“So, you think we should just walk right in?”
“Why not? The invitation seems pretty clear.”
“Look, I’m not all that sure about this ‘invitation’ business. After all, we’ve just got this one guy’s word for it.
“Yeah, but he worshiped the boss for like twenty-five years. He should know what he’s talking about.”
“Okay, I get that, but he’s gone over to the other side now, actually warning people about us and that invitation thing.”
“The pumpkin is the universal sign for us to pop in and make ourselves at home. I’ve heard it other places as well.”
“I can’t remember, but I did hear about it. All we have to do is walk in and start messing around with the people inside.”
“But they’re…you know…worshipers of the other guy. What if they kick us out? They can do that, you know.”
“That’s just it, stupid. By putting the pumpkin next to their door, they’ve weakened their position. Look through the window. The kids inside are trying on costumes. Another problem, for them that is. It’s a big plus for us.”
“This is what the boss likes. People from the other side doing stuff that belongs to his side. You know, dressing up like ghosts and goblins, pumpkins and witches, it’s the one night of the year when these oh so holy characters let their hair down, not to mention their defenses, and let us in.”
“Well, if you say so.”
“Hey, I know so, brother demon. Now come on. We’ve wasted enough time. Maybe they have a few cold beers in the fridge. I could go for some suds right about now.”
The two small demons who had left Hell for the first time on their maiden voyage to create mischief among humans walked toward the front door. They were only a few inches tall, being beginner imps, and the door was closed, but with the pumpkin, carved to ghastly perfection sitting to one side, that wasn’t going to be a problem. They should just pass right through the fake pine veneer and into the residence.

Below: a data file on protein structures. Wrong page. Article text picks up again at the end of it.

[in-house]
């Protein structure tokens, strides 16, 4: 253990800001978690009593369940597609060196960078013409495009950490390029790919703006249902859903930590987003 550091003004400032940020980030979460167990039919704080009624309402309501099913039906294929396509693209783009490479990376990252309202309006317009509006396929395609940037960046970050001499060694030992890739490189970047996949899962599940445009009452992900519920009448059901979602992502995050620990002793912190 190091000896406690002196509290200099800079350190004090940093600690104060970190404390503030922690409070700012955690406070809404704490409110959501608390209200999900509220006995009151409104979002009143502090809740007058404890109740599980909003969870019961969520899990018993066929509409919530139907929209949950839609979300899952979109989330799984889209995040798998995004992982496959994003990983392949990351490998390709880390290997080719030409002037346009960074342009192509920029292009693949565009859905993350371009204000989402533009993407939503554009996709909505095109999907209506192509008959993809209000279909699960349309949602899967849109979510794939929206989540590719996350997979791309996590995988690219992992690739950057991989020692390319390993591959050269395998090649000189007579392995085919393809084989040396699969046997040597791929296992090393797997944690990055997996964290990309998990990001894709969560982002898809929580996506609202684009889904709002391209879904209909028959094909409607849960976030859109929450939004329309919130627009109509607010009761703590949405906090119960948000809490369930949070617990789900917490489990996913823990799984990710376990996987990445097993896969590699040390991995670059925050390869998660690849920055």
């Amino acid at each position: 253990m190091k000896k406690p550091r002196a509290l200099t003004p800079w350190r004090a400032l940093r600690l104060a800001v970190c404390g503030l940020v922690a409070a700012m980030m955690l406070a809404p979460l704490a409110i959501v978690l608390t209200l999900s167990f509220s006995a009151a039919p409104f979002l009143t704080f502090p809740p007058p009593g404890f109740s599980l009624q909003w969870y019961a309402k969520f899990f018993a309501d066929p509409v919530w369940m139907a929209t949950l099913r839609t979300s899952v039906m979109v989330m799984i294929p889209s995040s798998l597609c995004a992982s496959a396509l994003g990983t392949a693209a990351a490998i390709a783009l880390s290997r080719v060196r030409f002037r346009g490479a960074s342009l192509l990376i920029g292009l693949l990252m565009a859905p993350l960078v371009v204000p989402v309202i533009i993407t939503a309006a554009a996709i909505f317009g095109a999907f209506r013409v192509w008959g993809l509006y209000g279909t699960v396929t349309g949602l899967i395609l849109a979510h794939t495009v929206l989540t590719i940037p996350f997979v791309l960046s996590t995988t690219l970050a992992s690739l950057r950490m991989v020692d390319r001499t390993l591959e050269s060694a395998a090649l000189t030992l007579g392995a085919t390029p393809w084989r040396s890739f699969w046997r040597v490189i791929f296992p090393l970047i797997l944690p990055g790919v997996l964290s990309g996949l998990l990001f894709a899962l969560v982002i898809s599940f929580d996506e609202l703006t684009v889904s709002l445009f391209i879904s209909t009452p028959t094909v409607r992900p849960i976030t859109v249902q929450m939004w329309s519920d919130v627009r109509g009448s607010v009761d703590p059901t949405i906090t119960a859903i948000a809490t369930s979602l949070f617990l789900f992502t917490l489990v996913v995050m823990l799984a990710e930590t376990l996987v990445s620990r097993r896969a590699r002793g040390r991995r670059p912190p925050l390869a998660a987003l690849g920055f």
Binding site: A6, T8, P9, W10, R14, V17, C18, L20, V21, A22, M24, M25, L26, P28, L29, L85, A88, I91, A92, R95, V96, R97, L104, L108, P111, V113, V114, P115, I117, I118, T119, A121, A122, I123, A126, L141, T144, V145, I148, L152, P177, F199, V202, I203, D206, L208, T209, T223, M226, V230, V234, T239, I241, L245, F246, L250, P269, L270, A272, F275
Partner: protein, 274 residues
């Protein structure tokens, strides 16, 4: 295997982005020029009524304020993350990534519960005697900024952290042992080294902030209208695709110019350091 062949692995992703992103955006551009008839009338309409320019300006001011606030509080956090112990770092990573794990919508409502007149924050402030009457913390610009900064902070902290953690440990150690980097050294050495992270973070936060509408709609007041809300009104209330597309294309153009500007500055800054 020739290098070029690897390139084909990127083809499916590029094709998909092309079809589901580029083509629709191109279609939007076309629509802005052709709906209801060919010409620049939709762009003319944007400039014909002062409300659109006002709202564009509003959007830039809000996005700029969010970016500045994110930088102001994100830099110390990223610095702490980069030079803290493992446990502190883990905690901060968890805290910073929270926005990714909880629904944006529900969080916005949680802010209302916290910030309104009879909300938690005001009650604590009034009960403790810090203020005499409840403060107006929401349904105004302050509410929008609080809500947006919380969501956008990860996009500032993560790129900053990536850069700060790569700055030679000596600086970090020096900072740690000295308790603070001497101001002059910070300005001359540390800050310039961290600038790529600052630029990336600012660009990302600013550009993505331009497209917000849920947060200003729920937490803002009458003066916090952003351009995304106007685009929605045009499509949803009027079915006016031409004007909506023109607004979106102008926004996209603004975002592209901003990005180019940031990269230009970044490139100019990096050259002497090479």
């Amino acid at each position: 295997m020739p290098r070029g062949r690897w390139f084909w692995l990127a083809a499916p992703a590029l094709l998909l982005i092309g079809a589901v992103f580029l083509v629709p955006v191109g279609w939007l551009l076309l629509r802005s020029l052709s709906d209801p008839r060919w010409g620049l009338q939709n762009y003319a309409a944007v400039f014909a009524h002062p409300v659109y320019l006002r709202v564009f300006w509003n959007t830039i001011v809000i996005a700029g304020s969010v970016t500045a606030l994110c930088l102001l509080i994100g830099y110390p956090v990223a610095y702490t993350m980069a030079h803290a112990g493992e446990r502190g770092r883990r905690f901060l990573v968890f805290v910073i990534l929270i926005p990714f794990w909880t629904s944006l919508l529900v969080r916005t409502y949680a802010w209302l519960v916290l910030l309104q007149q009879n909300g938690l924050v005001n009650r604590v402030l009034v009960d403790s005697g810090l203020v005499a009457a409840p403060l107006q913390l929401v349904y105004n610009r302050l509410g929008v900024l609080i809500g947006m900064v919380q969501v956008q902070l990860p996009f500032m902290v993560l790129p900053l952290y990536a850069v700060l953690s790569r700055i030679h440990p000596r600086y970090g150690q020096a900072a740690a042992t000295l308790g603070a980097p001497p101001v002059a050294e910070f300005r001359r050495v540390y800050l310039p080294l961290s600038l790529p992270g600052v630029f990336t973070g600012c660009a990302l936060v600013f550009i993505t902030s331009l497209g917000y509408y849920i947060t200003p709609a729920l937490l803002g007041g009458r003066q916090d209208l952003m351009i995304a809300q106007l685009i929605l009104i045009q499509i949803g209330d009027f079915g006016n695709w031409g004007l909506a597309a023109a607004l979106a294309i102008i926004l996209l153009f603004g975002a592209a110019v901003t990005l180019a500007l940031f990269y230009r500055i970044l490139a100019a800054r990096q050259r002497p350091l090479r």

“Bumped my nose on the door.”
“Wait! You said…”
“I know what I said. Let me try again.”
A moment later, “Ouch”.
“Let me see. Hmmmm. A little bile oozing out, but not that bad.”
“Bad? I shouldn’t have bumped my nose at all, I should be halfway to the fridge ready to suck down a Coors.”
“I’m gonna try.” A moment later. “Ouch.”
He turned away from the door back to his brother demon who was still rubbing his schnoz. “Are you sure about that invitation thing? Maybe it was a gag?”
“Maybe that idiot didn’t know what he was talking about on that video.”
“See? This is what I was trying to tell you.”
“Okay, okay. I get your point. How about we try that bar on the corner we passed earlier? The guys going in had jackets that said ‘Hell’s Angels’. Sounds like our kind of folks.”
Earlier I wrote a commentary based in part off of this Christian news story. I decided to use it as a prompt for a wee bit of Halloween comedy.
3 thoughts on “Just Walk Right In”
Comedy and ridicule notwithstanding, this would likely be a good time to refer folks to literature like CS Lewis’ “The Screwtape Letters” and Mark Twain’s “The Mysterious Stranger” for a sobering picture of the characters in view. OTOH, one may simply ignore the celebration that reflects a cultural-religious conflict between Catholicism and paganism in Europe, as irrelevant to anyone holding a truly biblical worldview.
For people with a truly Biblical worldview, most things in the secular world would be irrelevant.
Secular world, you say? Oddly, it seems to me that I’ve almost always had a sense that the imagery of this holiday, along with the Santa Clause imagery, was somehow religious in nature, even when I was not viewing them as an outsider.